Our recent robotics trends webinar included three great speakers. Here’s the presentation from Mark Bunger. He is a Vice President at Lux Research where he and his teams work with client innovation strategies across industries and scientific and technology domain. He joined Lux in 2005 and has launched and led many of the company’s intelligence services in consulting areas, ranging from bio based fuels and chemicals to big data and agriculture and healthcare. His current focus is on the intersection of information and matter in biogenetic, industrial, and environmental market.
To watch the webinar on demand, simply visit: http://www.designworldonline.com/innovative-trends-in-robotics/
The topic I wanted to talk about is Soft Robotics and if you haven’t heard about Soft Robotics, you can think of it as a new approach that fits in with a lot of other segments and branches of overall robotics taxonomy where you can get, for example, industrial robots.
Typically, like a robotic arm or one that has wheels and is driving around, swarm robots, bio-mimetic robots that mimic humans and things like that.
Soft Robots is a category really that talks more about the materials that are used to make the robots, so really, any of these approaches, you can look at a robot that typically would be made of metal or hard plastics and steel. People are looking at using soft polymers and textiles and other materials to create new kinds of robots that can work in new ways.
One of the aphorisms about the future and innovation is something that Alan Kay, a researcher at Xerox PARC said and, “The best way to predict the future is to invent it.” When you have a new idea like this or you’ve heard about some things might be happening in the future, one of the things that we do at my company or with research is we bring together those adjacent communities that we think are starting to converge, to create a new discipline or a new technology, in this case, software products.
Robotics obviously requires a lot of robotics experts but then there are also materials so these materials again might be new types of polymers or soft, flexible polymers that have specific, say stiffness, strength, even transparency. Weight, obviously a consideration or textiles like nylon and so things that we wouldn’t normally think of as good materials for making robots out of.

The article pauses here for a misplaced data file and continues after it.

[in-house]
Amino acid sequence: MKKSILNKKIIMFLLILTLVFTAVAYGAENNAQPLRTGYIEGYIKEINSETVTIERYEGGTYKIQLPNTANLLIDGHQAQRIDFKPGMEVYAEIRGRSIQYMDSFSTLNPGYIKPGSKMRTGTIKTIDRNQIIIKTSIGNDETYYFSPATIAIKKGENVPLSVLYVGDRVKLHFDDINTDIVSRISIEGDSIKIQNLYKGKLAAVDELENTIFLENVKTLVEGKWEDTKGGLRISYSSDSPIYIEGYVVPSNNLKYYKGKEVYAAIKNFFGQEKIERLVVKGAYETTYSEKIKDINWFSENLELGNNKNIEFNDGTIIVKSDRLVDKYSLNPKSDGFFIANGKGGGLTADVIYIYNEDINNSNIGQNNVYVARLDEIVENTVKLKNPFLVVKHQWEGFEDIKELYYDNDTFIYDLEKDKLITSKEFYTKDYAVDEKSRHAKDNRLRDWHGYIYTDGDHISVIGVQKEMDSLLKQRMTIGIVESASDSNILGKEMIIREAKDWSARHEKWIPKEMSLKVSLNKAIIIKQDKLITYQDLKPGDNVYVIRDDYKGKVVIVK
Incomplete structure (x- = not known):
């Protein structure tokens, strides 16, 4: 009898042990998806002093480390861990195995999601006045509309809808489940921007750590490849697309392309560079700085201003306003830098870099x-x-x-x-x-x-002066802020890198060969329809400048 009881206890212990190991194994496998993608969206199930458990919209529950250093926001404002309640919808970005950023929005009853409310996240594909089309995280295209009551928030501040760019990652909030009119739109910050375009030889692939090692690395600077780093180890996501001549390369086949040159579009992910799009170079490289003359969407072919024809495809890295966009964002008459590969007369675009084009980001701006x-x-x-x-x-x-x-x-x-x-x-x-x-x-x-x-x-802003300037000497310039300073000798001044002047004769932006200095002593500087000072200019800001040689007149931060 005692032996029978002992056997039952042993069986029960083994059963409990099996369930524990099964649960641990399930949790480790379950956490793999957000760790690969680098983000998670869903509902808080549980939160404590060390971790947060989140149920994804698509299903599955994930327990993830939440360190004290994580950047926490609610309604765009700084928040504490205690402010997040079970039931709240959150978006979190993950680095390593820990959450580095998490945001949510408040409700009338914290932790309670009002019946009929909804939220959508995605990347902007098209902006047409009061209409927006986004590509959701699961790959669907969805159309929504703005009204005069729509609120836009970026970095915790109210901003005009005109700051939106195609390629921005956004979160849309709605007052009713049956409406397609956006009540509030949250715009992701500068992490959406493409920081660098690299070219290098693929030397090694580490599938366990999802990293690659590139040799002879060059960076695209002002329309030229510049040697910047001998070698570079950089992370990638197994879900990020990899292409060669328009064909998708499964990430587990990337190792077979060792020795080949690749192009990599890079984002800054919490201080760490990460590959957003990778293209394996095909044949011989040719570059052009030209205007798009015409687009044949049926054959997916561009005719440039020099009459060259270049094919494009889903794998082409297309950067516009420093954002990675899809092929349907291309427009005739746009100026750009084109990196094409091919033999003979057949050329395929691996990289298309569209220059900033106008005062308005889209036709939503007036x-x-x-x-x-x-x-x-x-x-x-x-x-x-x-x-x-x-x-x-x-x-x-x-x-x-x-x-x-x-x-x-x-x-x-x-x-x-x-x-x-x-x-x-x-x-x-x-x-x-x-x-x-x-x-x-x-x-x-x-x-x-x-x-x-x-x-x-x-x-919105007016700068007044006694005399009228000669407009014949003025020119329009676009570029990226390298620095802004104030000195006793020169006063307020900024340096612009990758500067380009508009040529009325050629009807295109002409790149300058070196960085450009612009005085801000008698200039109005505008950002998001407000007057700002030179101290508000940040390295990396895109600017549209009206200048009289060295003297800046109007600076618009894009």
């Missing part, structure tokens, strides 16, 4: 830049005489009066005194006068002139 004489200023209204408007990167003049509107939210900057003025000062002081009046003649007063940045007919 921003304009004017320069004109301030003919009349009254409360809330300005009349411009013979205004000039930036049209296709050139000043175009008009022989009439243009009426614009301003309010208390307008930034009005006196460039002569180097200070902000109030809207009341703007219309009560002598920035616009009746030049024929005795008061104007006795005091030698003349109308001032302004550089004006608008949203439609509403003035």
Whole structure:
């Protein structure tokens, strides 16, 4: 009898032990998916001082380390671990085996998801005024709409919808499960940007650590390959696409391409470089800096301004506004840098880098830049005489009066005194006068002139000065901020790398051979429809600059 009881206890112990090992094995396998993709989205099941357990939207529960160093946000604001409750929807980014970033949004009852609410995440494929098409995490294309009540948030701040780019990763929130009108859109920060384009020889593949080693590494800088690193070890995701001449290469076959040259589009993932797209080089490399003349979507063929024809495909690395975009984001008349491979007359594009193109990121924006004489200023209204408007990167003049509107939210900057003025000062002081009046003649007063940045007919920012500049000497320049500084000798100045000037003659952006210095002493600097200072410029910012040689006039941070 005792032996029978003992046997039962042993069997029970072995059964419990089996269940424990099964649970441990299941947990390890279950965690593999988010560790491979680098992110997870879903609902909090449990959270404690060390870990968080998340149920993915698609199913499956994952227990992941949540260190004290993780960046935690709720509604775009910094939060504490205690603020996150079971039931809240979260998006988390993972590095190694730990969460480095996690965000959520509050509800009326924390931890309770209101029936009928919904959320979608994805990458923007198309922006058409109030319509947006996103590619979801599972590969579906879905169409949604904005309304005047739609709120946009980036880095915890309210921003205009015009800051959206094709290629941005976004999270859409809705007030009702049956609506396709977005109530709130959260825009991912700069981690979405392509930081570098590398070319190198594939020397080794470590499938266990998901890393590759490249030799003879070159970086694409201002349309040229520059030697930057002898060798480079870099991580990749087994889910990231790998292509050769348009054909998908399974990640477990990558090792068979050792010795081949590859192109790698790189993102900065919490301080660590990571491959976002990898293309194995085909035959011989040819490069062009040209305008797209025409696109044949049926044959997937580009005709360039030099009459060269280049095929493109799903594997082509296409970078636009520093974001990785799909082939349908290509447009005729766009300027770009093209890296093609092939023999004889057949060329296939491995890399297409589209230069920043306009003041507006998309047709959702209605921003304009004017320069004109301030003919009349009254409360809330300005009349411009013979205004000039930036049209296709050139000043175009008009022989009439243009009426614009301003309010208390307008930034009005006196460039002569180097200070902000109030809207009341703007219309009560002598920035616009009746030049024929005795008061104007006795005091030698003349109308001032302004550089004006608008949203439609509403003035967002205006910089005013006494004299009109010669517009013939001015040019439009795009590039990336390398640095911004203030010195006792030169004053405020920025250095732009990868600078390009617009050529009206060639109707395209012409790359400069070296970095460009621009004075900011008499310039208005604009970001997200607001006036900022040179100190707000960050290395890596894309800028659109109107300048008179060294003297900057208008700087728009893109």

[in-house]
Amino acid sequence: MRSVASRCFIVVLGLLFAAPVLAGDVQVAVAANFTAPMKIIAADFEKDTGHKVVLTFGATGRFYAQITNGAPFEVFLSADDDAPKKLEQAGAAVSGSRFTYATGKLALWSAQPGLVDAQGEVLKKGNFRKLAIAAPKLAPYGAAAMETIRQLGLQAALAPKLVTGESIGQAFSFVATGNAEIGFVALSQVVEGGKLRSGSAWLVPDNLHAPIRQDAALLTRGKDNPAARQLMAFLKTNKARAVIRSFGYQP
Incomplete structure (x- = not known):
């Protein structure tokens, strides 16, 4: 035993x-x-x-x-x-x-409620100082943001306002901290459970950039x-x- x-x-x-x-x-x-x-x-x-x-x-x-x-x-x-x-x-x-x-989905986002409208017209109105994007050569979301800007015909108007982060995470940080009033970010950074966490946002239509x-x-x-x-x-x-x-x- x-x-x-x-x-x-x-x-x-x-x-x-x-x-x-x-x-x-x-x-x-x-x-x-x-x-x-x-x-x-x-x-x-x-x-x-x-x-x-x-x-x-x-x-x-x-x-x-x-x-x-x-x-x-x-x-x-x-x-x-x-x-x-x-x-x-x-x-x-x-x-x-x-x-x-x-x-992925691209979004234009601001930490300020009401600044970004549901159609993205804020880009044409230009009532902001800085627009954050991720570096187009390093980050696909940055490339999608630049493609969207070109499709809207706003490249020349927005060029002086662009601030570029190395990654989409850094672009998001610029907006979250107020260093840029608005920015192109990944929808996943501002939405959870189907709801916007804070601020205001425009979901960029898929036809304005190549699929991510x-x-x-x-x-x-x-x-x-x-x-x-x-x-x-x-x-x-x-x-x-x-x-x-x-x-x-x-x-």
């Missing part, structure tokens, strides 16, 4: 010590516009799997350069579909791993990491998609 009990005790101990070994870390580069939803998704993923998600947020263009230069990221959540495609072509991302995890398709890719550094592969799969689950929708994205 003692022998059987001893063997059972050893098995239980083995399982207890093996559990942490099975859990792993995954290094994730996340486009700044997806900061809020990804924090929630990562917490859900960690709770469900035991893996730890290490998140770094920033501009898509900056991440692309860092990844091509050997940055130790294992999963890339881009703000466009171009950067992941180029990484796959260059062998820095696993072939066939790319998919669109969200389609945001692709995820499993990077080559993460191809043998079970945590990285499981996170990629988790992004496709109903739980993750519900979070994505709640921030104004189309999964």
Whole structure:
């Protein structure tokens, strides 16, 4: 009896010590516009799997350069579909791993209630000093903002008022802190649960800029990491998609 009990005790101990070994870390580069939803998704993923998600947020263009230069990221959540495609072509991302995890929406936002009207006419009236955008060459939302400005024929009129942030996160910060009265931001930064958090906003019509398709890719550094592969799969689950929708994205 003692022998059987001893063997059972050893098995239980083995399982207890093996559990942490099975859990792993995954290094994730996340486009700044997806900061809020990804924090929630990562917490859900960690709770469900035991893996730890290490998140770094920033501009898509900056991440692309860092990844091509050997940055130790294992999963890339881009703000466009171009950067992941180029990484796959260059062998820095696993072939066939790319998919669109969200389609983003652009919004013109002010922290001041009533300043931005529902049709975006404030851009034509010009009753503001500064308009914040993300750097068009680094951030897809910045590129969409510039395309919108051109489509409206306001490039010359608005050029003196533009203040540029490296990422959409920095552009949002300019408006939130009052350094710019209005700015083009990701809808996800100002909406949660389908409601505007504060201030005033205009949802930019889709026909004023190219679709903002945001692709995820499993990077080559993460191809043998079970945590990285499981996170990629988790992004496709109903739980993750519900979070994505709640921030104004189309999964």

Then, of course, there are applications and users so a lot of times when you see a robot in an industrial setting, either it’s behind a cage or the human is behind a cage because the basically the robot doesn’t have a nice guidance. They’re showing it can kill you, it can knock your head off, basically. It’s a dangerous place to be. In these areas where the objects to be picked up or the humans present in the environment could potentially be at risk by a conventional hard robot, we’re looking at areas like agriculture, for example, or human care, where a softer approach might work.
To pull on a Pop Culture reference, if anybody saw the movie Big Hero Six, there was a big white puffy caretaker robot, that is precisely what soft robot is. It’s a robot, that again uses air pressure or fluid pressure and soft materials to do its job.
In the beginning, just basically had everybody talk to each other, explain their disciplines to one another so that if you’re a material scientist, you probably don’t know much about robotics. If you’re in robotics, you might not know much about, say agricultural needs for how to draw, for example, in the video where you saw pick off leaves from plants that might be diseased or dry.
These three communities talked to each other. They did presentations and collaborated on different types of, for example, prioritizing things that would be tasks to tackle together or even made prototypes. You can see some of the just paper and craft based quick prototypes that these people came together and put together in the space of a couple of hours. Which, again, going back to the point of this workshop and of this space in general, we’ve got three different communities where everybody knows their colleagues within their own community.